B-Schools Ape Facebook, Atlanta Deans Shuffle, HBX, and More: The Week in Business Education

An attendee tries on the Oculus VR Rift virtual reality headset in Singapore on Feb. 11 Photograph by Brent Lewin/Bloomberg

The running of the deans
This week, Paul Danos, the 20-year dean of Dartmouth’s Tuck School of Business, said he would step down after next year’s graduation. Tuck won’t be the only school on the lookout for new leadership. Baruch College wooed Dr. Fenwick Huss away from Georgia State University to name him the new head of Zicklin. Meanwhile, Atlanta neighbor Georgia Tech hooked Maryam Alavi as its new business school dean, leaving Emory’s Goizueta still in search of a permanent chief.

The class with a billion-dollar payoff?
Entrepreneurship is all the rage these days, and it’s little surprise that, in the heart of Silicon Valley, almost all of Stanford GSB‘s 809 MBAs dip their toes in the startup well. Students can pitch, iterate, pivot, and do it all again in programs such as Startup Garage, which Fortune highlighted this week. Though Stanford may be an obvious choice for the startup-minded, it’s Harvard that holds the title for launching the most top MBA-founded startups.

Get your headset, the future is now
Virtual reality is having a moment, and Facebook is buying in. Business schools aren’t about to fall behind, and many are seeking out high-tech programs to build immersive digital experiences for their students, much like an Excel-laden World of Warcraft. While programs such as Second Life have been around since the late 2000s, better software is popping up to create business simulations for virtual learning and connect students half a world away.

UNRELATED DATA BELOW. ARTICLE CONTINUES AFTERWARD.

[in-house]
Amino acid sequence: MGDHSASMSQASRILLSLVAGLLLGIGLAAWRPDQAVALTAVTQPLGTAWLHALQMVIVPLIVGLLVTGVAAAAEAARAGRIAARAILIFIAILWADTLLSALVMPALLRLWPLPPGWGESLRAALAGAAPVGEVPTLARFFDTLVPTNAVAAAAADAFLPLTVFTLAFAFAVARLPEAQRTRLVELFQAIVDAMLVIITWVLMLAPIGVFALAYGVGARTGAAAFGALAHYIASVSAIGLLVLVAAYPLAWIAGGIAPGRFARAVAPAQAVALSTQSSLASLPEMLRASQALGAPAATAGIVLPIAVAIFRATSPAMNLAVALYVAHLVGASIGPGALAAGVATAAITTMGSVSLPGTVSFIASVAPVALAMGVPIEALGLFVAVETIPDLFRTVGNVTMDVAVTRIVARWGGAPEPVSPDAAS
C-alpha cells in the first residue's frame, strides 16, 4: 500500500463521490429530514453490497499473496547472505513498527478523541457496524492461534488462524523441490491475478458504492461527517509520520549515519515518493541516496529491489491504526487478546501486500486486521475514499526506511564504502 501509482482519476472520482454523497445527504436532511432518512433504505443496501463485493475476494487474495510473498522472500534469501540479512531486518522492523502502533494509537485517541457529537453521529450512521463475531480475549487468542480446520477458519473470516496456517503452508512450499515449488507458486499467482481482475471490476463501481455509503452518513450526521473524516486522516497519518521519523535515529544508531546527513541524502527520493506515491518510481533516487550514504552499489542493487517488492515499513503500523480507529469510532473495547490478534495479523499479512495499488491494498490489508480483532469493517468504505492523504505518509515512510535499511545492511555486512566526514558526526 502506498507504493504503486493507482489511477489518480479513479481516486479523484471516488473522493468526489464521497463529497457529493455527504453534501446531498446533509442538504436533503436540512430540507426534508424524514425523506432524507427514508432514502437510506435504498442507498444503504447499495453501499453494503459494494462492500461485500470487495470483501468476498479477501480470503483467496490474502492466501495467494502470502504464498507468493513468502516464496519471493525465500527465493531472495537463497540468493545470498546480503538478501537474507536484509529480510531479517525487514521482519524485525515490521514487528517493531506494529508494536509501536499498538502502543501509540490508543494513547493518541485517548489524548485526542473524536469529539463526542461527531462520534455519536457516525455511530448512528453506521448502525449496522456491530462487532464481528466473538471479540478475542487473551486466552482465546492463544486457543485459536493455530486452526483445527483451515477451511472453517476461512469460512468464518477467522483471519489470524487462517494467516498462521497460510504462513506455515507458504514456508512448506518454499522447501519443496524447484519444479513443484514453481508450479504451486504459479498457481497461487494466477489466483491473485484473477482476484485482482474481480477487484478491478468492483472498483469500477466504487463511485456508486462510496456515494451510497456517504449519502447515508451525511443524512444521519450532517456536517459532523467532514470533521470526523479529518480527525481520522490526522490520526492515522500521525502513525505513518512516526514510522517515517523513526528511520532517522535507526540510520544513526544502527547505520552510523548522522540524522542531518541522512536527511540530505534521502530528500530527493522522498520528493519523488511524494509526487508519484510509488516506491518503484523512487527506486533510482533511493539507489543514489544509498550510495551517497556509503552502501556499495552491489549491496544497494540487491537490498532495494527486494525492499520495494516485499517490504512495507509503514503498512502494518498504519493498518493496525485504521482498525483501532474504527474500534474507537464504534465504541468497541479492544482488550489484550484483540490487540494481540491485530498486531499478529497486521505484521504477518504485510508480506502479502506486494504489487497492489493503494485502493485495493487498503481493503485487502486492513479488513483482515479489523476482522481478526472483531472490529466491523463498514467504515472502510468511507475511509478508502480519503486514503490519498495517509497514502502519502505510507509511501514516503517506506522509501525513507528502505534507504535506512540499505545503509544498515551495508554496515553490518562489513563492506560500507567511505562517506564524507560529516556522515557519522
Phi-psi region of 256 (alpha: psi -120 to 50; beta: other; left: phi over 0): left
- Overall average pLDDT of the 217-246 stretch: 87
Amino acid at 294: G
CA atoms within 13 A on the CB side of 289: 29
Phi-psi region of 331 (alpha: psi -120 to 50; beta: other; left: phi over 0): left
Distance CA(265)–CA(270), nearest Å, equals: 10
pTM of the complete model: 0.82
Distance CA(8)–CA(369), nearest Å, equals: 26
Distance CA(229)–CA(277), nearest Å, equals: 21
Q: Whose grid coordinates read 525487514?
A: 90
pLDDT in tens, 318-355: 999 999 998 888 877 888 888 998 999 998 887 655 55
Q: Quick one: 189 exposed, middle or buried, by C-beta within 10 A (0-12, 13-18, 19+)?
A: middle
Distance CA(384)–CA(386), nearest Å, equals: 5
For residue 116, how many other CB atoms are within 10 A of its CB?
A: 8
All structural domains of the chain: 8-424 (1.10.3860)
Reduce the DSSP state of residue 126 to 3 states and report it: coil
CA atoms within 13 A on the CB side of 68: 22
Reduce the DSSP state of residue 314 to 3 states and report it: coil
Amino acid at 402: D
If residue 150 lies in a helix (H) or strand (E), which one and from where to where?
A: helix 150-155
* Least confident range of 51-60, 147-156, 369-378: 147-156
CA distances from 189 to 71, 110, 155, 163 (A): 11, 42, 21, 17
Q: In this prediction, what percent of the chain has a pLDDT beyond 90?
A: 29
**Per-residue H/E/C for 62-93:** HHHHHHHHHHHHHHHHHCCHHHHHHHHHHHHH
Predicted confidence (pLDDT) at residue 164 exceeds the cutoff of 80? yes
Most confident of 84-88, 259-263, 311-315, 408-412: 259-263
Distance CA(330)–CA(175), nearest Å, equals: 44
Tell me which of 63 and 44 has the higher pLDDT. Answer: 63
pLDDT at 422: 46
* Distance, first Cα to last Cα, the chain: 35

Beyond the MOOC
Harvard veered from the well-worn MOOC path last week as it launched its new online education platform HBX. It’s offering a two-month, $1,500 digital immersion targeted at current undergrad and grad students. The HBX platform, which promises all the brainpower of HBS faculty, could open a huge market for the school beyond the traditional MBA candidates, especially as it adds specialty courses and language options.

Who’s who of grad speakers
Commencement speaker announcements have begun. Students at some top universities are holding out hope for big-name gurus to compete with the likes of President Obama and former New York City Mayor (and Bloomberg LP founder) Michael Bloomberg, who have already signed up for mid-May speaking gigs. MBA candidates are also watching the names slowly trickle in as Stanford announced Nike Chairman Phil Knight will speak at the B-school graduation. Wharton and Michigan’s Ross have also announced big-name speakers so far.

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